Great prose is no guarantor of great ideas, much less of great social action, grantmaking, or public policy. This is a painful thing for a public affairs writer to admit. Yet the opposite may well be true: A certain kind of awful writing really can be a hallmark, even an underlying cause, of sloppy thinking.
There are a handful of toxic words and phrases that have a way of polluting any stream of consciousness, muddying the concepts and making it impossible to see what facts and arguments (if...
Want more? Sorry, the full text of this article is only available to subscribers. Subscribe now.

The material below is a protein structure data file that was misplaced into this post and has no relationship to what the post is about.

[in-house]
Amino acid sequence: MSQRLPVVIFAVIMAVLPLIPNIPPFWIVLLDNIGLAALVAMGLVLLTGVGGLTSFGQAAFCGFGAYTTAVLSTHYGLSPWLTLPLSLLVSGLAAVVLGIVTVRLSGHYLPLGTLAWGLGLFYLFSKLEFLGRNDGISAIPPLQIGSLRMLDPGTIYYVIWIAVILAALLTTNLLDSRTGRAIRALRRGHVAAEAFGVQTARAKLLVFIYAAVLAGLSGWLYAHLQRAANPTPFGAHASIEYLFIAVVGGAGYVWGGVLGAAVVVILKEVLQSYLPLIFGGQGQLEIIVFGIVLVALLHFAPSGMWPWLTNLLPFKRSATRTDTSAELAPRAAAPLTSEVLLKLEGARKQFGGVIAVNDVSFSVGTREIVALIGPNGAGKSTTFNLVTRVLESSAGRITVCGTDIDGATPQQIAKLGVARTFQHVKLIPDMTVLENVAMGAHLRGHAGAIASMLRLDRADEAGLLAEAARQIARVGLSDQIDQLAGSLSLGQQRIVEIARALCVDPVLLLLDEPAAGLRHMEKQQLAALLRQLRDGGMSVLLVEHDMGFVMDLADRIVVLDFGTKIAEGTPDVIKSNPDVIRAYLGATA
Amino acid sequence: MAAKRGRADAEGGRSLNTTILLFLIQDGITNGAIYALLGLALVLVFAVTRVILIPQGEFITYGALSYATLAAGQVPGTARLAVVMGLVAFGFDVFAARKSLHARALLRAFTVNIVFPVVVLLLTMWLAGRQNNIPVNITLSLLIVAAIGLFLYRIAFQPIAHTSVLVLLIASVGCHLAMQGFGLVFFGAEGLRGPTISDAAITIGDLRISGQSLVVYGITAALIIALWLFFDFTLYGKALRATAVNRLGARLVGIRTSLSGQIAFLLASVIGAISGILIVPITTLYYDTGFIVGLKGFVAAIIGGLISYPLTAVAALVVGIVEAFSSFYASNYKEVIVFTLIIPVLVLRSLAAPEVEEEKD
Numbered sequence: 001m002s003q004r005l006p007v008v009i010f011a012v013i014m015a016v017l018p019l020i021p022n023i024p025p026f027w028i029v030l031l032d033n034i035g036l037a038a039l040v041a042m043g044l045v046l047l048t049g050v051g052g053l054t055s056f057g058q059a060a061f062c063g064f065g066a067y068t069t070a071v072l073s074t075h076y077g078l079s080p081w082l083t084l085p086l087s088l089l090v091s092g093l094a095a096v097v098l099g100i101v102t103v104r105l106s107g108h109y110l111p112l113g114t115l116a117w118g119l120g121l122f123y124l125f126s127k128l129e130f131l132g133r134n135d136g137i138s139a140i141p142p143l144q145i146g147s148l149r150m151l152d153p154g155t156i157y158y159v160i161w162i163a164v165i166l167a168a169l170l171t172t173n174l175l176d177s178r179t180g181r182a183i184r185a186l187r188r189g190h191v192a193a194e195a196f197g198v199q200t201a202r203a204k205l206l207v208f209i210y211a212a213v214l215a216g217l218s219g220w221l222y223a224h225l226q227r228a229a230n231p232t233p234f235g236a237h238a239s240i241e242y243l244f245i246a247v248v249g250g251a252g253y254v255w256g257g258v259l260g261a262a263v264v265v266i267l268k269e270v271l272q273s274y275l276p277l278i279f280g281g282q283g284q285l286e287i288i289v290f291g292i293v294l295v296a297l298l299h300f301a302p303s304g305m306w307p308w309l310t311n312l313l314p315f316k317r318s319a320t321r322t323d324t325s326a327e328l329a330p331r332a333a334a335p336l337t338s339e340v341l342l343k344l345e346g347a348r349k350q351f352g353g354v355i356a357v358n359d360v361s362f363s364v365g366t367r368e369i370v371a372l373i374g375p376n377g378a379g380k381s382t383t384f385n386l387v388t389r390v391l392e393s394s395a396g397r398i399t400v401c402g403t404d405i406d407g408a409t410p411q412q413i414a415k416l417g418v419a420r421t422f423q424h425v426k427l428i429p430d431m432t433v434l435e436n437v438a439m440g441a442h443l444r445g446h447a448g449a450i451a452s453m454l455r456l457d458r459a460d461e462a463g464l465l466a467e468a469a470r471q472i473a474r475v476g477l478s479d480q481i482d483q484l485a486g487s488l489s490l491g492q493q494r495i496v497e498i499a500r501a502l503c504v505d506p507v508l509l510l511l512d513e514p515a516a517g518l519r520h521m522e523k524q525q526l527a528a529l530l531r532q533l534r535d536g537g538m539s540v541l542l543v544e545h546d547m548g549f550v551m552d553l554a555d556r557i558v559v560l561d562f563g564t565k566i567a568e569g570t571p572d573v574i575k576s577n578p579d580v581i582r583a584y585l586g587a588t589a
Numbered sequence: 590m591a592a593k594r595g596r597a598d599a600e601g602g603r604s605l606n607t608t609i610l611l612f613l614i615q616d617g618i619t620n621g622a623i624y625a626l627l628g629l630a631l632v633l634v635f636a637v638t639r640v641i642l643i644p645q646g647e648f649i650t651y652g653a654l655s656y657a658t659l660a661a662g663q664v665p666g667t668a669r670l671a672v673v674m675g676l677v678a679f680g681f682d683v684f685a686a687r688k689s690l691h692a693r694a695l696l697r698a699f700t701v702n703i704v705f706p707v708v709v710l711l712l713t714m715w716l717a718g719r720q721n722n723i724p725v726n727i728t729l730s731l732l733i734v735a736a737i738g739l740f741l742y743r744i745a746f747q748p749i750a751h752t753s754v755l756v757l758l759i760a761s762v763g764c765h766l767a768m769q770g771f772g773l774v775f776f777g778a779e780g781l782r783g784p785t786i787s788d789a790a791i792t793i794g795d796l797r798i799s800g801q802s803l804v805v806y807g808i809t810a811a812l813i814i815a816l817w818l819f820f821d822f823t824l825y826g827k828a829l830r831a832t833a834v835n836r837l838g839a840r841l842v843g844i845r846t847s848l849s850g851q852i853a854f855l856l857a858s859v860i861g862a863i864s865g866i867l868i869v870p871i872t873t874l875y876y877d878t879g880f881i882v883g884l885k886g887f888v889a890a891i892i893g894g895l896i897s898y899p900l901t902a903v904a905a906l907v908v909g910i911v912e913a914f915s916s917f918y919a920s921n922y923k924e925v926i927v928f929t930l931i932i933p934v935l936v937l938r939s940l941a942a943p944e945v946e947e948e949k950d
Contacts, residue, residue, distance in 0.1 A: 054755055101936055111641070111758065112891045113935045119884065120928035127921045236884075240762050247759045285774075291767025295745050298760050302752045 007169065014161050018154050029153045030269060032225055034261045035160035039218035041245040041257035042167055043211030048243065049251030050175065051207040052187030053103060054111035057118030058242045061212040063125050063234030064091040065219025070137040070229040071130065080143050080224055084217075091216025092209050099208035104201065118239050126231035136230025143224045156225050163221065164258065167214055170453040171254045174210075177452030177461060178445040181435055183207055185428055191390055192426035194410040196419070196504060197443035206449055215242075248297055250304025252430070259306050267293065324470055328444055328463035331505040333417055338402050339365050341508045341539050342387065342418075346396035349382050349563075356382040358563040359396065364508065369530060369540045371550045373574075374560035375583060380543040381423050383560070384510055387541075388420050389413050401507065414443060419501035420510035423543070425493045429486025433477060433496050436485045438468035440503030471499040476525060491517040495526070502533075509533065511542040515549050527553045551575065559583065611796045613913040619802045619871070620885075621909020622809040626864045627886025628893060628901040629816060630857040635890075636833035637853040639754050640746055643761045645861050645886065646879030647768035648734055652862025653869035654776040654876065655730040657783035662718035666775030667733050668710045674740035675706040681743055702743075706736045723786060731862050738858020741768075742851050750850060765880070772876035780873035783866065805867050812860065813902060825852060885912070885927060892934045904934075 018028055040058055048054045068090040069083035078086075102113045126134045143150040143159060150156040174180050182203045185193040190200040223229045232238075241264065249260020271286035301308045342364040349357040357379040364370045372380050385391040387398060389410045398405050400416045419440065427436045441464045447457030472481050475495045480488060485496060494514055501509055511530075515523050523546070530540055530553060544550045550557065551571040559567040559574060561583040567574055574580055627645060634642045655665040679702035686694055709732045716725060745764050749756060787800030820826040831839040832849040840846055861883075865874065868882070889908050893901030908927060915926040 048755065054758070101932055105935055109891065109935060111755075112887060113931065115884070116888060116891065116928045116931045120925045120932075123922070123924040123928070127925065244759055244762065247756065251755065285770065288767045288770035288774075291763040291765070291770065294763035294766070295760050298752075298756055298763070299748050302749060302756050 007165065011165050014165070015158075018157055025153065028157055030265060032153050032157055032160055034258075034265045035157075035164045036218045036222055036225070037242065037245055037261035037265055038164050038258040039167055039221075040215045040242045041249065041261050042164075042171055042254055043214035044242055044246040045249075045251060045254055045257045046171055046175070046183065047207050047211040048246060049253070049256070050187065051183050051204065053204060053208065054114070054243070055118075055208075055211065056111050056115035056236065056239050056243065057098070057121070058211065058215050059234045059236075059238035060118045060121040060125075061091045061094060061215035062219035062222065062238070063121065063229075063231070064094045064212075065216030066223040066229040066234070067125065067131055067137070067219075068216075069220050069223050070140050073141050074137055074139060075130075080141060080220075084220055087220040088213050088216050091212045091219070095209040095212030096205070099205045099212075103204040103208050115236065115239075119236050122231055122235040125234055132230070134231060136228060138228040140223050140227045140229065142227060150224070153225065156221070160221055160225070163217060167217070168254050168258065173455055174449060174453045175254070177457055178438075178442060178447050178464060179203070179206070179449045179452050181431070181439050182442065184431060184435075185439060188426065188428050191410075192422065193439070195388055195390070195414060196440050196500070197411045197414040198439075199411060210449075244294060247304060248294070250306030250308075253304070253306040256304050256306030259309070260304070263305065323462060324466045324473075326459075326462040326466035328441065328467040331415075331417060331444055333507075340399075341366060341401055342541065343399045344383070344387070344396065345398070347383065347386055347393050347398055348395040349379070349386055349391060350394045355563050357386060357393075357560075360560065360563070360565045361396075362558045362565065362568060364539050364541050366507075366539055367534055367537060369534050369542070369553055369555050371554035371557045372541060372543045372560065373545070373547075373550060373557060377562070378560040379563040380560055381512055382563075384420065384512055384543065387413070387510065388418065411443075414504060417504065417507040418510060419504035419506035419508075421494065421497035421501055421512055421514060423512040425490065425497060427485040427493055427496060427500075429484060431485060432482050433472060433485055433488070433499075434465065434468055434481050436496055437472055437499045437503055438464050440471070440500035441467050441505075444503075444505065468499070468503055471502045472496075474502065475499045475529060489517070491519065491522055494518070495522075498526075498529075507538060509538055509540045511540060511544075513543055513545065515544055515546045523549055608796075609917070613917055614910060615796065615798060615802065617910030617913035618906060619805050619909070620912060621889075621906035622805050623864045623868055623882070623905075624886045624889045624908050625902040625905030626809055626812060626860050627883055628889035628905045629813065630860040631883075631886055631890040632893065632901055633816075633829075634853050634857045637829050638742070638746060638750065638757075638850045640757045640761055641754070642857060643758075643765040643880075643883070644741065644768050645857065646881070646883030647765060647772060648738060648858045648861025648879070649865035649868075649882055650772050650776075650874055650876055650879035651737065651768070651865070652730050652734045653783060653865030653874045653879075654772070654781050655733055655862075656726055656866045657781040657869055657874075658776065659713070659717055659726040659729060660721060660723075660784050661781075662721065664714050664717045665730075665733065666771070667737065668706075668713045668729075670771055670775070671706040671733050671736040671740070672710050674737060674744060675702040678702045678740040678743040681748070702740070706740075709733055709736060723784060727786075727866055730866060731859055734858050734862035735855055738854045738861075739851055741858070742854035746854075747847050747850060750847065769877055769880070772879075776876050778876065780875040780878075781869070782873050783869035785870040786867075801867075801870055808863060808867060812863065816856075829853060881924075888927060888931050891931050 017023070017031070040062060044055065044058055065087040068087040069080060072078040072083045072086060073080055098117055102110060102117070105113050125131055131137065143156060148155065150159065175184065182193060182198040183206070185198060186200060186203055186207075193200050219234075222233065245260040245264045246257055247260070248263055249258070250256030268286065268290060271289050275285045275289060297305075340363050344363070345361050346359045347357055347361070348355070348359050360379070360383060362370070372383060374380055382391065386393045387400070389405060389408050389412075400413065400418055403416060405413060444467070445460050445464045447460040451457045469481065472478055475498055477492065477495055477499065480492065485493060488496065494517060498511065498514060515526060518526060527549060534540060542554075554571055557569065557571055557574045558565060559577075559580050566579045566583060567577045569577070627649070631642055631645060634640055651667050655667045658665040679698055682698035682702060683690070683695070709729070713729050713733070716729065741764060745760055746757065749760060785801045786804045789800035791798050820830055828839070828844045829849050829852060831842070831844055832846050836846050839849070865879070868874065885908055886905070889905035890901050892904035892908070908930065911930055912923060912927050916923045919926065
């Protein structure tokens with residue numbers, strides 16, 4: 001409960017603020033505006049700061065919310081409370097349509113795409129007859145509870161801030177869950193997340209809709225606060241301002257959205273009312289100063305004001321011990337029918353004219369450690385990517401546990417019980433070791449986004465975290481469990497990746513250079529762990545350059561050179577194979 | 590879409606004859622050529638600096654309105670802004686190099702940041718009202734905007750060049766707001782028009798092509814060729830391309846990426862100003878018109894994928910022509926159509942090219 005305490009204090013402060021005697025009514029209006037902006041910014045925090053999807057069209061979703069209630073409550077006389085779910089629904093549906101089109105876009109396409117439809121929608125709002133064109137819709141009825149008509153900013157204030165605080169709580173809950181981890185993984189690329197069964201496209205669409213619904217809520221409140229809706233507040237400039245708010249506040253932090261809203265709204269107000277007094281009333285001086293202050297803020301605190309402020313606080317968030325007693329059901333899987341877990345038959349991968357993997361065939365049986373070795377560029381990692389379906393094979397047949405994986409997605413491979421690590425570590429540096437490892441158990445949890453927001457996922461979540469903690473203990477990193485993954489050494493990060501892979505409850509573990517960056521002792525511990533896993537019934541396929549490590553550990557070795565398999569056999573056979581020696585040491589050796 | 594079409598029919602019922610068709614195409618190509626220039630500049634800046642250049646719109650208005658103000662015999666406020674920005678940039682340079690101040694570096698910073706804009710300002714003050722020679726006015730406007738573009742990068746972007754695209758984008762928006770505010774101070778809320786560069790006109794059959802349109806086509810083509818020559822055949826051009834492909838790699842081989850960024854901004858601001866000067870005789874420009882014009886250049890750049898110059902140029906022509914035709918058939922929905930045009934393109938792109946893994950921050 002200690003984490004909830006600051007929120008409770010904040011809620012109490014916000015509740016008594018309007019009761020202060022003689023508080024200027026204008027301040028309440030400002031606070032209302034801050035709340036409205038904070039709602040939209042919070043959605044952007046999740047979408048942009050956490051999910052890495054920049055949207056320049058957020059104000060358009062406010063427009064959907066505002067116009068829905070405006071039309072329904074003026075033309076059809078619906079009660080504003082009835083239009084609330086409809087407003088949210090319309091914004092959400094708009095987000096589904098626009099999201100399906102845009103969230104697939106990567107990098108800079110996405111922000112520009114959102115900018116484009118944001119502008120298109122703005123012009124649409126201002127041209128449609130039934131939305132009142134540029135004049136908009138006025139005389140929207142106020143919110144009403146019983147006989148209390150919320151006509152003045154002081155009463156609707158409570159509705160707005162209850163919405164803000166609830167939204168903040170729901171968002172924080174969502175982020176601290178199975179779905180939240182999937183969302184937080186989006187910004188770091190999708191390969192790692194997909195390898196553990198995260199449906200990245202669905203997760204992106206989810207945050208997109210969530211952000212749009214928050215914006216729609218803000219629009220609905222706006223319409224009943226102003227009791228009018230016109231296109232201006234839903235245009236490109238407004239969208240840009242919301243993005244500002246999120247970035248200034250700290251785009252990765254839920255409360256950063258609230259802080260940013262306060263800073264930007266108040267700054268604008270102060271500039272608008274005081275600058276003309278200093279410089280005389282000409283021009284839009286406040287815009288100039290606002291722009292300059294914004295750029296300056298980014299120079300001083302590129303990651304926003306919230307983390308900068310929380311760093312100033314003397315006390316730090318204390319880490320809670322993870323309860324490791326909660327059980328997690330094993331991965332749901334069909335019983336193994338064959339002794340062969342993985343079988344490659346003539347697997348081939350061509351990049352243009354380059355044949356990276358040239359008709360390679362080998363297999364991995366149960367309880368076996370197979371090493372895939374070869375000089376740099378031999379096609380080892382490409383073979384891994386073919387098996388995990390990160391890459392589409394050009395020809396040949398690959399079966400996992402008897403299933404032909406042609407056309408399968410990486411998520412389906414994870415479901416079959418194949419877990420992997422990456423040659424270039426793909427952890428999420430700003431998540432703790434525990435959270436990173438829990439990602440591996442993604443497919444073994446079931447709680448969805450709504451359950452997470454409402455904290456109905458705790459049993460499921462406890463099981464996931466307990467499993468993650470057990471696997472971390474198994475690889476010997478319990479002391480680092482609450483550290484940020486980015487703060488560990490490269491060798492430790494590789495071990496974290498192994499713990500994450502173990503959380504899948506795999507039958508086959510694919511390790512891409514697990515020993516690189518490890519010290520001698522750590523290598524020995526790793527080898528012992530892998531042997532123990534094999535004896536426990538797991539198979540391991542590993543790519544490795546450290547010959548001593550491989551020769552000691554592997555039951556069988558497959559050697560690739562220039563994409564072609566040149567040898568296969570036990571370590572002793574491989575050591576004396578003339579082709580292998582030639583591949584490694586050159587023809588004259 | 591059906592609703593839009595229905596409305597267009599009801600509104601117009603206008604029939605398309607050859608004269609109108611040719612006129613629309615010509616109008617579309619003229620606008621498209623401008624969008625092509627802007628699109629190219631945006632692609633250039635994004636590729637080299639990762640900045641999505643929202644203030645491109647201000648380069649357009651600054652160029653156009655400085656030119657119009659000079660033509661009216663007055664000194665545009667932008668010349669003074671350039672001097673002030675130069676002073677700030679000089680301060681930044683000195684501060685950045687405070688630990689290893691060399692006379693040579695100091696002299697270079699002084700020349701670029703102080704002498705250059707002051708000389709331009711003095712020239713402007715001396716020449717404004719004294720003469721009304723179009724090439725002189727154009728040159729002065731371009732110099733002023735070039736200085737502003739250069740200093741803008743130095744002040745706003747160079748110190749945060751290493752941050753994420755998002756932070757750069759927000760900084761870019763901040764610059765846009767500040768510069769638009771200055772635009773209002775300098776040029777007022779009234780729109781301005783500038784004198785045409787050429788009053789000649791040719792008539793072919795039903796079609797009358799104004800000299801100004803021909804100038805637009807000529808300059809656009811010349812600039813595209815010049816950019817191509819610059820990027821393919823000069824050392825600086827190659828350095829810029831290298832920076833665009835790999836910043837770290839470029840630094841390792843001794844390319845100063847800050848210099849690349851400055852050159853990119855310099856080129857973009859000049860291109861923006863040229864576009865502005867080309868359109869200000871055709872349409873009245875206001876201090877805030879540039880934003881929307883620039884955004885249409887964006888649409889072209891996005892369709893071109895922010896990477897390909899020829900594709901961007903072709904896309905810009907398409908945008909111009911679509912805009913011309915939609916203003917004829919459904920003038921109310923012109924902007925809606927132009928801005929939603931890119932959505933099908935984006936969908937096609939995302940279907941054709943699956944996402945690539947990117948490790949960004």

Already a subscriber? Please log in by entering your email address and password into the red login box at the top-right corner of this page.
Need to register for your premium online access, which is included with your paid subscription? Register here.